Despite the fact that the Internet of Things has become better understood by the general public in recent years, most of us still consider it with regard to how it can tangibly benefit us. That’s to say, we think first of things like smart homes and fitness tracking, or even how the IoT might be used to better our healthcare systems. But at least in the early stages of its expansion, some of the IoT’s greatest impacts can be seen on a larger and more intangible scale. Specifically, the IoT is largely benefiting major industries in ways that don’t directly affect consumers (but may indirectly improve company-consumer relations).
One major example of IoT integration in major industries is how it’s altering supply chains in businesses with retail divisions. This doesn’t necessarily sound as exciting as hearing that the IoT is turning your home into an intelligent ecosystem, but it nevertheless has a significant impact on society. It also holds massive potential for energy savings, improved efficiency, and better customer satisfaction.
How IoT changes Supply Chain Management?
But what exactly does the IoT mean with regard to the supply chain in major businesses? The answer to that question is multi-faceted, but starting at the bottom, in stores and on shelves, it means the tracking and management of inventory. When the IoT is implemented at a store level, orders can be placed automatically for items that are low on stock, or even equipment that may soon need to be replaced. In theory, this could ultimately eliminate the issue of going to a store only to find that an item you’re interested in is out of stock, or that they don’t have a given type of that item (a certain size, color, etc.) that you’d prefer. Inventory would never run out.
But the idea of using electronic, connected monitors to send automatic alerts when more supplies are needed only covers part of the process. Companies still need to be equipped to get new inventory to specific locations on time, which is where shipping divisions come into play. However, it’s not just about shipping out some products to where they’re needed when the alerts come through. The IoT is also being used to improve the actual shipping process in ways that make things safer and quicker for drivers, and more efficient in general. It all starts with the integration of WiFi into fleet vehicles, which can result in the real-time sharing of vehicle diagnostics and routing information. Just as companies can receive automatic alerts when inventory on a given product is low, they can see when vehicles may be in need of repair. They can be alerted if roadside assistance is needed, and that assistance can be dispatched automatically. They can also change routing information on-the-go to help deliveries get from distribution centers to store locations as quickly as possible.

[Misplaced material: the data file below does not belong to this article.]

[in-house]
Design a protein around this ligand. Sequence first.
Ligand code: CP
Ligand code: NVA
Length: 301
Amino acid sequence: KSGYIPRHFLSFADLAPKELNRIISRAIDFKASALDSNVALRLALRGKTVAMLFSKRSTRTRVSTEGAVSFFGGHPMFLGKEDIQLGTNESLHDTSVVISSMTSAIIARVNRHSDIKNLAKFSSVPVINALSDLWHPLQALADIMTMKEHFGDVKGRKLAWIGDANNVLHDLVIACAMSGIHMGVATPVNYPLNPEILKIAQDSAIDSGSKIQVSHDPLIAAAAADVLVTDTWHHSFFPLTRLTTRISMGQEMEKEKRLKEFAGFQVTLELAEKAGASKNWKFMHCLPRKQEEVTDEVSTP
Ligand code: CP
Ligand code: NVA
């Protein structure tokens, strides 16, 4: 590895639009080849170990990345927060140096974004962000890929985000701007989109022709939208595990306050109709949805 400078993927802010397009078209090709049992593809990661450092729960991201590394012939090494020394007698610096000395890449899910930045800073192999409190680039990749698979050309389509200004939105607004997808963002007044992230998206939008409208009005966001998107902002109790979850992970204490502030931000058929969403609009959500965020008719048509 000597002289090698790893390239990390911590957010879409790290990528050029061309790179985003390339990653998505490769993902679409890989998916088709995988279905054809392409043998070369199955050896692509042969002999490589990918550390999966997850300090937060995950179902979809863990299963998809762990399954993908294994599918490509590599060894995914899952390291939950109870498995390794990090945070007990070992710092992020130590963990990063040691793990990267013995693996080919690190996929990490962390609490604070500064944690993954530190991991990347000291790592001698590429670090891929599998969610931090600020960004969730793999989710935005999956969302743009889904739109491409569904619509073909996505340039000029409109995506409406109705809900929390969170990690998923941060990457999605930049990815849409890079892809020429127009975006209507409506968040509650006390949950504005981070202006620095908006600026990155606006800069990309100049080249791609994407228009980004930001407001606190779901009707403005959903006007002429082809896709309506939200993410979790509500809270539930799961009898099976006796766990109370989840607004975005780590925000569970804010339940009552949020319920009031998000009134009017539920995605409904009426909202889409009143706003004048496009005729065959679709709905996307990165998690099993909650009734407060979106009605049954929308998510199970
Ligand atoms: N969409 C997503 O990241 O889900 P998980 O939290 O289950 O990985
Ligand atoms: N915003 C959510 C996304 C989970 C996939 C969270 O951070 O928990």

The implementation of the IoT in these two areas alone makes for an incredible shift in the convenience with which companies can manage their supply chains. However, it doesn’t tell the entire story just yet. The IoT can also have a significant impact on the last part of the process: the factories and manufacturing centers at which product is created and packaged for shipping in the first place.
And we’re already seeing changes in this regard as well. By using IoT-enabled factory equipment, companies are changing how production occurs. Temperatures, machine parameters, and equipment settings can all be tracked and analyzed automatically in a way that improves efficiency and speeds up production. For instance, a factory process involving painting goods might monitor humidity to ensure conditions leading to quick and effective painting. In an ideal situation, changes like these can improve factory conditions and lead to better performance and quicker production. However, even at the bare minimum, IoT integration in manufacturing can save on energy costs for companies, which if done on a significant scale could even bring about lowered costs for products.
Add up all of these potential changes and uses of the IoT, and you can see that pretty much the whole supply chain can be covered. Factory practices can be made more efficient, shipping can become quicker and safer, and stores can become more effective at, essentially, restocking their own inventory. All of this is possible entirely thanks to the IoT and the various small tracking devices and data management systems that can be implemented at all levels of a major company. As stated previously, none of the changes is the sort that directly impacts or excites consumers. But indirectly, they can certainly change how we view companies’ efficiency and reliability.